November is COPD awareness month, a time to come together and educate people of all backgrounds about the global impact of chronic bronchitis and emphysema. COPD awareness month is marked by an orange ribbon and can be observed in a number of different ways. Despite being the third leading cause of death in the United States, COPD suffers from a severe lack of awareness. According to a Health Union survey, only about 38 percent of patients were aware what COPD was or what its risk factors were before being diagnosed.
From the novel coronavirus to devastating wildfires, 2020 has been a challenging year for us all. But for people with chronic respiratory illnesses like COPD or asthma, this year has been the ultimate test. The good news is that, by following all COVID-19 safety precautions stated by the World Health Organization (WHO) and by checking the air quality index (AQI) before leaving the house, many COPD patients have adjusted nicely to a new way of life.
Chronic obstructive pulmonary disease (COPD) is an umbrella term used to define two different types of lung disease: chronic bronchitis and emphysema. The former is a condition that impairs the bronchioles, the airway tubes that lead into the lungs. The latter affects the tiny air sacs in the lungs called the alveoli. These are responsible for the transfer of oxygen and carbon dioxide to and from the bloodstream. Both chronic bronchitis and emphysema are called “obstructive” diseases because they make it more difficult for the patient to expel air from the lungs, thus leading to a buildup of CO2 in the blood.
It seems like no matter where we go these days or what we’re doing, we’re always using technology. While several decades ago, it may have been possible to avoid using a cell phone or the internet, this becomes increasingly difficult as nearly everything around us is moving digital. According to the Pew Research Center, 95% of adults between the ages of 50 and 64 own a cell phone, and 79% of people in the same age group own smartphones. These numbers are only expected to increase over the years.
For most people, the beginning of fall is the perfect time to get out and enjoy the changing colors, the cool weather, and begin preparing for the holidays ahead. However, for some, the change of seasons is not always a positive thing. Seasonal Affective Disorder (SAD) is a condition that affects about 5 percent of U.S. adults each year and it’s associated with depressive episodes that correlate with the change of seasons.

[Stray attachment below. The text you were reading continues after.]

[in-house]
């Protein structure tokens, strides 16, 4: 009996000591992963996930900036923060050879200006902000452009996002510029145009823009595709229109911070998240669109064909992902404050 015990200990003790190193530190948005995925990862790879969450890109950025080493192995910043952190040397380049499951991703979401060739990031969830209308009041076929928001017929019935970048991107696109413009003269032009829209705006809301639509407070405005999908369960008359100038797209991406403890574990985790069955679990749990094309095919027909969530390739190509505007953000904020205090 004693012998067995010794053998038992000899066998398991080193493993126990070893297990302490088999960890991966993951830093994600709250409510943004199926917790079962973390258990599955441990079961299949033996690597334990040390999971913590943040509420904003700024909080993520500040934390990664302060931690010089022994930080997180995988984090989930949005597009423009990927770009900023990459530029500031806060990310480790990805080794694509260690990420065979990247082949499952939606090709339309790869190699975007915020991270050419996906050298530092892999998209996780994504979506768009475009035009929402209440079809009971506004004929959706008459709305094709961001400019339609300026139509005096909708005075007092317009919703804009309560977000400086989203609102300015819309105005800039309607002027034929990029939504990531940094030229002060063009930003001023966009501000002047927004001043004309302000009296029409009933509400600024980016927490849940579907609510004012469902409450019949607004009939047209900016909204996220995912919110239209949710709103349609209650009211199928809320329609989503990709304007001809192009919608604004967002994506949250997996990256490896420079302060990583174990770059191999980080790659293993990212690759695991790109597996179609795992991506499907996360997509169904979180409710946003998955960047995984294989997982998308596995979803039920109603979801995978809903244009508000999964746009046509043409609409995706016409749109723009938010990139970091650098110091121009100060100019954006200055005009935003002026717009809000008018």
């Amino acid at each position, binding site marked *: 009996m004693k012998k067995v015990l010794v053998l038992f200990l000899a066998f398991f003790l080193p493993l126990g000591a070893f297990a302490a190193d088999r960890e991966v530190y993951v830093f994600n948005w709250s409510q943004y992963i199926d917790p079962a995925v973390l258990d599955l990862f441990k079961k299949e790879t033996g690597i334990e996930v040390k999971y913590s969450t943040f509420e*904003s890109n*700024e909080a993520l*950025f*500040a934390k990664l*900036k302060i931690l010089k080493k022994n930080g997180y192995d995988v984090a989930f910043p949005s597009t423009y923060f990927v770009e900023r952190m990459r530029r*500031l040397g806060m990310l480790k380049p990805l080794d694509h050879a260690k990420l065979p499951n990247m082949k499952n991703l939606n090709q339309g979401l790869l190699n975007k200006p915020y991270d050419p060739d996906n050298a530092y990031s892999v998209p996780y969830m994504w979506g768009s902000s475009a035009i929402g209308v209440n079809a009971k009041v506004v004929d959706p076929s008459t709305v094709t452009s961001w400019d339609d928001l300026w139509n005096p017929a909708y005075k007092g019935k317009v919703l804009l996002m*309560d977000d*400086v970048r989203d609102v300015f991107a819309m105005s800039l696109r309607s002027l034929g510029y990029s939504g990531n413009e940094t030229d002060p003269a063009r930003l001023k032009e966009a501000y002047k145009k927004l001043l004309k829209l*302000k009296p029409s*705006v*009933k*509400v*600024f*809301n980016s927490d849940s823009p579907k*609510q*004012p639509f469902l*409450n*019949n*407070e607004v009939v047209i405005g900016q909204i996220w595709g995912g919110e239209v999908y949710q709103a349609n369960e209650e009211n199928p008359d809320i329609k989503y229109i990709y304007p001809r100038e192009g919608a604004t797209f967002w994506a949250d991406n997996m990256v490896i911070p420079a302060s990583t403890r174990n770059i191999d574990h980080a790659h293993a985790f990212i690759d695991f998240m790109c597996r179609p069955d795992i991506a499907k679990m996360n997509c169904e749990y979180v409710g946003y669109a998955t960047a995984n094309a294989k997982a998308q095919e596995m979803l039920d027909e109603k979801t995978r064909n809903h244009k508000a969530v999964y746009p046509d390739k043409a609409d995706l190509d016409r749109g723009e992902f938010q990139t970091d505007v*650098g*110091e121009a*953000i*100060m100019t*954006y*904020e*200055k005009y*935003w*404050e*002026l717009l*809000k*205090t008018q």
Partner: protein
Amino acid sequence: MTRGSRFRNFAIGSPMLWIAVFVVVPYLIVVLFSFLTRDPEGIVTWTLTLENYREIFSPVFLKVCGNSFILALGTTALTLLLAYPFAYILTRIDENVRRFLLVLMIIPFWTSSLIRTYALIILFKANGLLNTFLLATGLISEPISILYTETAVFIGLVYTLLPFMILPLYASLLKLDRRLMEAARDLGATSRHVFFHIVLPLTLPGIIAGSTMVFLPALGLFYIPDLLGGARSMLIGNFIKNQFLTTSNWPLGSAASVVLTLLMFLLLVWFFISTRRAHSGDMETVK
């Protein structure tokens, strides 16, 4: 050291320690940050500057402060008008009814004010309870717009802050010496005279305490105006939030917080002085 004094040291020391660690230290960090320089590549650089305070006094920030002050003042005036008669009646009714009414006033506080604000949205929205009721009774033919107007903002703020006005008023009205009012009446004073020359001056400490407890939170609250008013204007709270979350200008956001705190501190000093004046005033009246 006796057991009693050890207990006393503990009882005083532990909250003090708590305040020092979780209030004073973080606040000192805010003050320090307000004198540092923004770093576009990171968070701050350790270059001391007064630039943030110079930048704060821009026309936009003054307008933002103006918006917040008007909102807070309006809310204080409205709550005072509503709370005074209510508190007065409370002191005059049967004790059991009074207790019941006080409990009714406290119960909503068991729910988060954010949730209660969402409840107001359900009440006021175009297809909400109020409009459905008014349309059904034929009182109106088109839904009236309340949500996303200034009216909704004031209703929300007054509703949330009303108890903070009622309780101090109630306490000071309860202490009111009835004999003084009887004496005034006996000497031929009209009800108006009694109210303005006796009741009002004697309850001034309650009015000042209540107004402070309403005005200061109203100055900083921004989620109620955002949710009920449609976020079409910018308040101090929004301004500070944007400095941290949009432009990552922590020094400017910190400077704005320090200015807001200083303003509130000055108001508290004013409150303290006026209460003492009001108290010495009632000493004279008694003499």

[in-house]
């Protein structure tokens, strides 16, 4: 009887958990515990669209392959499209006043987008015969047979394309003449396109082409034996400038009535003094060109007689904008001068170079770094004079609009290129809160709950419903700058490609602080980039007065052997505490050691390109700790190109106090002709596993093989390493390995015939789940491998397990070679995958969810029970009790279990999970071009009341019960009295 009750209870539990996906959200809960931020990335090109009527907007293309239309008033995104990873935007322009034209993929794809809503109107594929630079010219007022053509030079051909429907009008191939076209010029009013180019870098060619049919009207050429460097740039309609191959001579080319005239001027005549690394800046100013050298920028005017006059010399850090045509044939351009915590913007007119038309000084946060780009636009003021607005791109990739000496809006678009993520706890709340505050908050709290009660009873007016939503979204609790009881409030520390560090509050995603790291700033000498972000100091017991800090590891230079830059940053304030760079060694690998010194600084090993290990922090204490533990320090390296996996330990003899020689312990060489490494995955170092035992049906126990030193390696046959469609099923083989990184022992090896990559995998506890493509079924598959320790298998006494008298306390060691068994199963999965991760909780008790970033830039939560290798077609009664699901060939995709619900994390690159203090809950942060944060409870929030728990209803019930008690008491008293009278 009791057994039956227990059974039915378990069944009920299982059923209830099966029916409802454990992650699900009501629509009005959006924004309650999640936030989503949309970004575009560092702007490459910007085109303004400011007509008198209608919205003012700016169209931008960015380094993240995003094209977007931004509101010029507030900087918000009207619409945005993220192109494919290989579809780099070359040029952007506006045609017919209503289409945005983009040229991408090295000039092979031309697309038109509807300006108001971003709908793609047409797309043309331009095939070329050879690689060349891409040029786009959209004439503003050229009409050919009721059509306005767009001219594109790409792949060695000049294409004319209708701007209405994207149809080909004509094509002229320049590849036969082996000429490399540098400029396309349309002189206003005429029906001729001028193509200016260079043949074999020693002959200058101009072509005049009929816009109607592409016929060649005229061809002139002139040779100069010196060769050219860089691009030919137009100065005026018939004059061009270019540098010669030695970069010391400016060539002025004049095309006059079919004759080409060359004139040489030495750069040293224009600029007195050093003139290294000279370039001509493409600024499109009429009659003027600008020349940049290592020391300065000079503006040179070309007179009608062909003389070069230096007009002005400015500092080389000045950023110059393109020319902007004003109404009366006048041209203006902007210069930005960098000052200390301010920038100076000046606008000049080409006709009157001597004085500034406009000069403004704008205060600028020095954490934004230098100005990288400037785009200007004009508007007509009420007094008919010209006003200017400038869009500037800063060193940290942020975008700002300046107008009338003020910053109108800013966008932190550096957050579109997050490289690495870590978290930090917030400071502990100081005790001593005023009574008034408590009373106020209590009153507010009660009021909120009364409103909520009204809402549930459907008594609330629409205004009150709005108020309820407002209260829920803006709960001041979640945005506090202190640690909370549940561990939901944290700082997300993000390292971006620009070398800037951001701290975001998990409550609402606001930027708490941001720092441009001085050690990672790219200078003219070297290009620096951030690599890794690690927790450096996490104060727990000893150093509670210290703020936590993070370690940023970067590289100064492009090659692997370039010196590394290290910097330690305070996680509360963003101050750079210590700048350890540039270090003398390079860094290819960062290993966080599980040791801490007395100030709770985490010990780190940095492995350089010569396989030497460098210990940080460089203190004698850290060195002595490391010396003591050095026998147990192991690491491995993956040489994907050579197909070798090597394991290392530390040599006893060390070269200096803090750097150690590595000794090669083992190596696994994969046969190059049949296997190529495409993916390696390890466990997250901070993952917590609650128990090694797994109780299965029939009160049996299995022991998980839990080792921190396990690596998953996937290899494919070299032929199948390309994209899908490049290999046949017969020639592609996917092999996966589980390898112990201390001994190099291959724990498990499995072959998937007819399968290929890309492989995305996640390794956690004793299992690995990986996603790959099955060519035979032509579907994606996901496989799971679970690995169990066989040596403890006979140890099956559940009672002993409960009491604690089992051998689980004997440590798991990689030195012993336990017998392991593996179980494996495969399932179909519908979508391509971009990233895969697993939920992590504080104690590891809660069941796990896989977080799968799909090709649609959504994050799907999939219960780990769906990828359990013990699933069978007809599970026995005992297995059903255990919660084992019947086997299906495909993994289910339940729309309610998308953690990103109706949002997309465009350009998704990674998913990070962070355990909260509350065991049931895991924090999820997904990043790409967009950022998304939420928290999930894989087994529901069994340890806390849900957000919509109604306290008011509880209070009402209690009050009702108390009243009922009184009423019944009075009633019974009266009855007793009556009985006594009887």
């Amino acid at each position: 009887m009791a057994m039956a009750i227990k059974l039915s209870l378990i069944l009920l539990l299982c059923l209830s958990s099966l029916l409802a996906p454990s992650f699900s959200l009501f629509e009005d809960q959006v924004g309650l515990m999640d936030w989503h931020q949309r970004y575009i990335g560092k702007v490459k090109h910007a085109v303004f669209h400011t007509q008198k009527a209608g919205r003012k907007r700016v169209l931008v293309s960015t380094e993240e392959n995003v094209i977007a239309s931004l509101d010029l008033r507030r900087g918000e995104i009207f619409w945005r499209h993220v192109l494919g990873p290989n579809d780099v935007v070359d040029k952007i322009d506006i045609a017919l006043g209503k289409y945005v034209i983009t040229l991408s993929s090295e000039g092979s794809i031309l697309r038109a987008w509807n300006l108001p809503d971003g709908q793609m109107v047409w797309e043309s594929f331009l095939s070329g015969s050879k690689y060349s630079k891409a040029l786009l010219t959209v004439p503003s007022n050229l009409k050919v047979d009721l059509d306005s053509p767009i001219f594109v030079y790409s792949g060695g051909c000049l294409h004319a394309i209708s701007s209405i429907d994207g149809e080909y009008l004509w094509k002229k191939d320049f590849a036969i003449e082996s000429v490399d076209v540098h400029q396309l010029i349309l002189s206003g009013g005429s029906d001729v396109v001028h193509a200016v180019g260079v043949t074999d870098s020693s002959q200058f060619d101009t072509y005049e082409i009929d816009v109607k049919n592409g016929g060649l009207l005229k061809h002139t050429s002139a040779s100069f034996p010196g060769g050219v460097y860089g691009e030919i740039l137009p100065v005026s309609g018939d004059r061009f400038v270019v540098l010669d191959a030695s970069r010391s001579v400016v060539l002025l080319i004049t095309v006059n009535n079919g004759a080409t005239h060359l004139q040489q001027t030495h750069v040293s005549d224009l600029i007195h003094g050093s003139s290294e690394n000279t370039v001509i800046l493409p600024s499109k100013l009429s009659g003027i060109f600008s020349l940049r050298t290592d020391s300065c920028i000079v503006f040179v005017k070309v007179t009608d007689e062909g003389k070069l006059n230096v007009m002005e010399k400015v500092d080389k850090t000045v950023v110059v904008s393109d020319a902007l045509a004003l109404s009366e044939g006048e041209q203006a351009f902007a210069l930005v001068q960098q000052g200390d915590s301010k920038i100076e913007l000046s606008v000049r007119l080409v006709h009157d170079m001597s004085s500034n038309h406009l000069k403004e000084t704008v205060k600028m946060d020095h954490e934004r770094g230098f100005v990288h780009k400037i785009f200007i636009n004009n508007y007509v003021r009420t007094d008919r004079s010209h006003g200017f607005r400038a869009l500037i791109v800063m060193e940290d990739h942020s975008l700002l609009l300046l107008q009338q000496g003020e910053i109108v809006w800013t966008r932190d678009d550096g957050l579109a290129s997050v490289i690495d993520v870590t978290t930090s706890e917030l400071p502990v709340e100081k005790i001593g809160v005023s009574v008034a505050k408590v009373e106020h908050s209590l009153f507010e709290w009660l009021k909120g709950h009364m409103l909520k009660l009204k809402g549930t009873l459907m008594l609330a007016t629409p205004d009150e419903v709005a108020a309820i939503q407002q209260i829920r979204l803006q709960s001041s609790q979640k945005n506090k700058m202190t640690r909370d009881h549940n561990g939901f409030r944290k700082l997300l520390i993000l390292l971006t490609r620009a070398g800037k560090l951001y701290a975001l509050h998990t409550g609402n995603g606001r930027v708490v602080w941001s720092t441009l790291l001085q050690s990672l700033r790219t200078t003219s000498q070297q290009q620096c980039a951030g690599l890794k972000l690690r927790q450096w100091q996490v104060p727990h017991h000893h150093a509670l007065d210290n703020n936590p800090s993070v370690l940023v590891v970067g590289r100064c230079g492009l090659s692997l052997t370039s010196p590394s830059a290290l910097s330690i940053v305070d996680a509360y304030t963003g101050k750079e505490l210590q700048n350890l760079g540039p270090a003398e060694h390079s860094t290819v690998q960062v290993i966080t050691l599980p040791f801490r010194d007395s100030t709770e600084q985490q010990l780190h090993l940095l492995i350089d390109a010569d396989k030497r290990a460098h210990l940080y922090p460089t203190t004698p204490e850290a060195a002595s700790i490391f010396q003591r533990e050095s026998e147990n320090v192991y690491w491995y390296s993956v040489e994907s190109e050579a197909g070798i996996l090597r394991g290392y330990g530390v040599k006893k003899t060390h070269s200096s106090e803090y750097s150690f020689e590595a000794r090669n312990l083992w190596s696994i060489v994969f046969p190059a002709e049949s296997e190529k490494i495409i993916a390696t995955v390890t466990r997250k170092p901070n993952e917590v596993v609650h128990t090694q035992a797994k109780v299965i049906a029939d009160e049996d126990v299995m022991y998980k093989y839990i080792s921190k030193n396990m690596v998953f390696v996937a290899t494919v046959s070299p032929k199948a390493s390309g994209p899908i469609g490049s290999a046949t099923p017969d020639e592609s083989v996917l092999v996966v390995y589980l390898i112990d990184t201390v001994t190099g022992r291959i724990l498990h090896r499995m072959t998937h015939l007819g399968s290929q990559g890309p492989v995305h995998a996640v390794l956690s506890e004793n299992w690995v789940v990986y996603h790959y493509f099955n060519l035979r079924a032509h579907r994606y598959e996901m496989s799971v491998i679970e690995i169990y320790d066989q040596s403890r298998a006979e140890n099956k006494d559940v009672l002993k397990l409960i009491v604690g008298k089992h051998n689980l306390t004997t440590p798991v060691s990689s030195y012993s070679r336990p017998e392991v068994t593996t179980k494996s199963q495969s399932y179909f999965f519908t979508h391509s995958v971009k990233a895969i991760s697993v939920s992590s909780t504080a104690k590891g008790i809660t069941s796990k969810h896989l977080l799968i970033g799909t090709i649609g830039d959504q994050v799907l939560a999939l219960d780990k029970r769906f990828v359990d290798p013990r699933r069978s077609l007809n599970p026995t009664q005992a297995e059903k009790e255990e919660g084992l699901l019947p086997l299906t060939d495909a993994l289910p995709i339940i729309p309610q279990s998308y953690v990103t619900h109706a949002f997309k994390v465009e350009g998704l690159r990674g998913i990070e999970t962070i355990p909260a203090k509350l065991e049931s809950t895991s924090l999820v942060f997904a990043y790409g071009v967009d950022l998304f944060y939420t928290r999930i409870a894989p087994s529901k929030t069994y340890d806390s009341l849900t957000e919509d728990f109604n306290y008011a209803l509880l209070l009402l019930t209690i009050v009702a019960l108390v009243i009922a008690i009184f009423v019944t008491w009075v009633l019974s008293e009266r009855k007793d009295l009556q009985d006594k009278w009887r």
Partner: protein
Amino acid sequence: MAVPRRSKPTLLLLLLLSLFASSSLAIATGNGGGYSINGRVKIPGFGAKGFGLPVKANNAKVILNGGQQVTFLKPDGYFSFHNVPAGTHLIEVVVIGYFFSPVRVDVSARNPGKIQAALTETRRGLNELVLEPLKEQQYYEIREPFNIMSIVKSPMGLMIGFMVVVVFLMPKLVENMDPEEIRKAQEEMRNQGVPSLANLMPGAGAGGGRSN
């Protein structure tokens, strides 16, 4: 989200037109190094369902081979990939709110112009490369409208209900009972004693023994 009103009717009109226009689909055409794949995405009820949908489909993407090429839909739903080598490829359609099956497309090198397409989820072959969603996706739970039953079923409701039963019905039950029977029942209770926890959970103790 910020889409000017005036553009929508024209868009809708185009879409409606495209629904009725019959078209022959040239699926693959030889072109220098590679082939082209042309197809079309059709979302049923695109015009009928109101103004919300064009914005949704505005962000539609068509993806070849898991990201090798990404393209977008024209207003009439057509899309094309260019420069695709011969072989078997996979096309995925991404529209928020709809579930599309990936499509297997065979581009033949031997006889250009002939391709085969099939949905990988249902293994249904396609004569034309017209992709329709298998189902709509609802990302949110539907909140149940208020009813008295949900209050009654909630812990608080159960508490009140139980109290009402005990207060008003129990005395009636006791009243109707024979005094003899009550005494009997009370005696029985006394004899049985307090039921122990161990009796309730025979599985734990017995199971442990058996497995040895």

COPD is an invasive disease and living with this chronic illness will change your life in more ways than one. In this article we will talk about how you can take back your freedom and independence by exercising regularly and having the right oxygen equipment.
Chronic obstructive pulmonary disease (COPD) is one of the most common lung diseases in the world. It’s estimated that about 16.4 million people in the United States alone have COPD and millions more are either undiagnosed or at high risk of contracting it. Despite this fact, many people are woefully unaware of what causes this disease and how it should best be managed.
Chronic obstructive pulmonary disease otherwise known as COPD is a group of respiratory illnesses most commonly associated with emphysema and chronic bronchitis. This disease will damage the patient's lungs and it cannot be reversed.
That being said, there are many people who lead happy healthy lives and still deal with their COPD diagnosis everyday. You can as well, by adhering to the "dos and don’ts" in this article about living with COPD.
If you live with COPD, asthma, or a similar chronic condition, it can sometimes feel like you’re walking on eggshells. These diseases cause the lungs, airways, and other areas of the body to become very sensitive to “triggers” like air pollution, infection, injury, and more. In certain situations, even your pulmonary rehabilitation routine can exacerbate these symptoms; this is why it’s always important to keep your doctor informed about what you’re experiencing.
Chronic obstructive pulmonary disease (COPD) is a disease that causes lung irritation and therefore challenges breathing.
According to the Centers for Disease Control and Prevention (CDC) it’s the fourth most common cause of death among people in the United States. Getting treatment and developing healthy lifestyle habits are essential to improving your quality of life with this condition.